It's as much about what you leave out as what you include.

 

Edward Snowden is relevant to this thread as his actions revealed how the government agencies compromised the security of email services.

Obama isn't relevant as it's likely the government agency activity would have persisted (continues to persist?) whoever was incumbent in government or indeed, governments.

 

Another reason why Obama's name isn't relevant is the fact, as I've alluded to above, that email snooping is not unique to just government agencies of the USA, but to other government agencies around the world.


Edited by ChiA - 7/16/14 at 2:50pm
post #18 of 21

Per-message S/MIME is coming with iOS 8.

post #19 of 21
Quote:
Originally Posted by Arlor View Post

Quote:
Originally Posted by bubffm View Post

>>>Edward Snowden needs to be thanked for risking everything to bring about positive change.


Yes he deserves a Nobel Price for it and not this other jerk. What was he called again? ah - Obama...

Anybody who invokes any politician's name in their first five posts should probably just have their account closed.

Anybody who criticizes political commentary on any forum anywhere should, oh, never mind...

Someday someone will figure out a way to harness all the energy consumed by blog / forum posts for something useful, like mining bitcoins...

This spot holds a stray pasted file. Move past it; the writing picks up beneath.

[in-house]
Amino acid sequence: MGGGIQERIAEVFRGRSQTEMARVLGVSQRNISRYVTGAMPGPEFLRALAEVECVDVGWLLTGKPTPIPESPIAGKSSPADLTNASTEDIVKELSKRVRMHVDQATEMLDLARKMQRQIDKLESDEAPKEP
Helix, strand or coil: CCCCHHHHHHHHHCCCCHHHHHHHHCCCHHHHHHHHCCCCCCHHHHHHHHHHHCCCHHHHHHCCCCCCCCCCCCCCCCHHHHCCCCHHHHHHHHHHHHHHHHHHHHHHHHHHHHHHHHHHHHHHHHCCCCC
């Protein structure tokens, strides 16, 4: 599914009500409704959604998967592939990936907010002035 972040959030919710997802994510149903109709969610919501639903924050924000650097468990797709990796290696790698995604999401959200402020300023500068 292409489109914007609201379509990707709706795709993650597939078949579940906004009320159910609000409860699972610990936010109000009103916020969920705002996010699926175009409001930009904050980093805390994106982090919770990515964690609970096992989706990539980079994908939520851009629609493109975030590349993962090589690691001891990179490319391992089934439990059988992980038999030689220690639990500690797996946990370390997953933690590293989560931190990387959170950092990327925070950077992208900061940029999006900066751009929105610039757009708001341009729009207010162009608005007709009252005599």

(clickbait advertising does not count as "useful"...)
post #20 of 21
Quote:
Originally Posted by impaler View Post

Per-message S/MIME is coming with iOS 8.

That's what I read as well. But why would I want to do that? What is 'wrong' with an all or nothing setting? Would you happen to know and explain me the benefits? TIA
I’d rather have a better product than a better price.
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I’d rather have a better product than a better price.
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post #21 of 21

Lack of an all or nothing setting really hurts some in the enterprise.  Those in federal government, for instance, don't need to encrypt every email.  Employees here should be signing most/all of them though.  The choice to do so would greatly cut down on people not even signing emails because that would require encryption.  Every business and industry has different requirements; giving the ability to do so will fix the problem that some have.  It's coming, and many are happy.